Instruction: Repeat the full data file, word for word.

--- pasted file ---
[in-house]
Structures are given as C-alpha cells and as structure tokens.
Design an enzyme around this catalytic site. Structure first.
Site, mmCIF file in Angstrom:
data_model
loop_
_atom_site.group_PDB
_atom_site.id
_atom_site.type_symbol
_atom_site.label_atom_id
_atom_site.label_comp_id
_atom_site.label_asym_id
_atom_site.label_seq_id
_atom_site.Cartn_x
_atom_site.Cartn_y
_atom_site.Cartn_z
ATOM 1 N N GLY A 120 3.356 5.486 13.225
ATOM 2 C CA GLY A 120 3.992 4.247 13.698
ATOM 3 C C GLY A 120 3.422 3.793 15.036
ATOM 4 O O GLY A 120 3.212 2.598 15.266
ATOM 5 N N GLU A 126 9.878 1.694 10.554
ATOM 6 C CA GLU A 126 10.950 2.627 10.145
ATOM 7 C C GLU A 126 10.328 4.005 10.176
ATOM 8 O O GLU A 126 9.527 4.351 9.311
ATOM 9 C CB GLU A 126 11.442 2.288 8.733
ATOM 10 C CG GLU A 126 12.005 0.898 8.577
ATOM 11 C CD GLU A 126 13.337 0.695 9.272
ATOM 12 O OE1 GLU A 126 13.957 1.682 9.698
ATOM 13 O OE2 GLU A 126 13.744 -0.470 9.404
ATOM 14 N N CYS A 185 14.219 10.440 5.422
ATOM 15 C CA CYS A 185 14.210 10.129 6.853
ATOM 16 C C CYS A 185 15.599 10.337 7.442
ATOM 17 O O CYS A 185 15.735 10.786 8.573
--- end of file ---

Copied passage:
[in-house]
Structures are given as C-alpha cells and as structure tokens.
Design an enzyme around this catalytic site. Structure first.
Site, mmCIF file in Angstrom:
data_model
loop_
_atom_site.group_PDB
_atom_site.id
_atom_site.type_symbol
_atom_site.label_atom_id
_atom_site.label_comp_id
_atom_site.label_asym_id
_atom_site.label_seq_id
_atom_site.Cartn_x
_atom_site.Cartn_y
_atom_site.Cartn_z
ATOM 1 N N GLY A 120 3.356 5.486 13.225
ATOM 2 C CA GLY A 120 3.992 4.247 13.698
ATOM 3 C C GLY A 120 3.422 3.793 15.036
ATOM 4 O O GLY A 120 3.212 2.598 15.266
ATOM 5 N N GLU A 126 9.878 1.694 10.554
ATOM 6 C CA GLU A 126 10.950 2.627 10.145
ATOM 7 C C GLU A 126 10.328 4.005 10.176
ATOM 8 O O GLU A 126 9.527 4.351 9.311
ATOM 9 C CB GLU A 126 11.442 2.288 8.733
ATOM 10 C CG GLU A 126 12.005 0.898 8.577
ATOM 11 C CD GLU A 126 13.337 0.695 9.272
ATOM 12 O OE1 GLU A 126 13.957 1.682 9.698
ATOM 13 O OE2 GLU A 126 13.744 -0.470 9.404
ATOM 14 N N CYS A 185 14.219 10.440 5.422
ATOM 15 C CA CYS A 185 14.210 10.129 6.853
ATOM 16 C C CYS A 185 15.599 10.337 7.442
ATOM 17 O O CYS A 185 15.735 10.786 8.573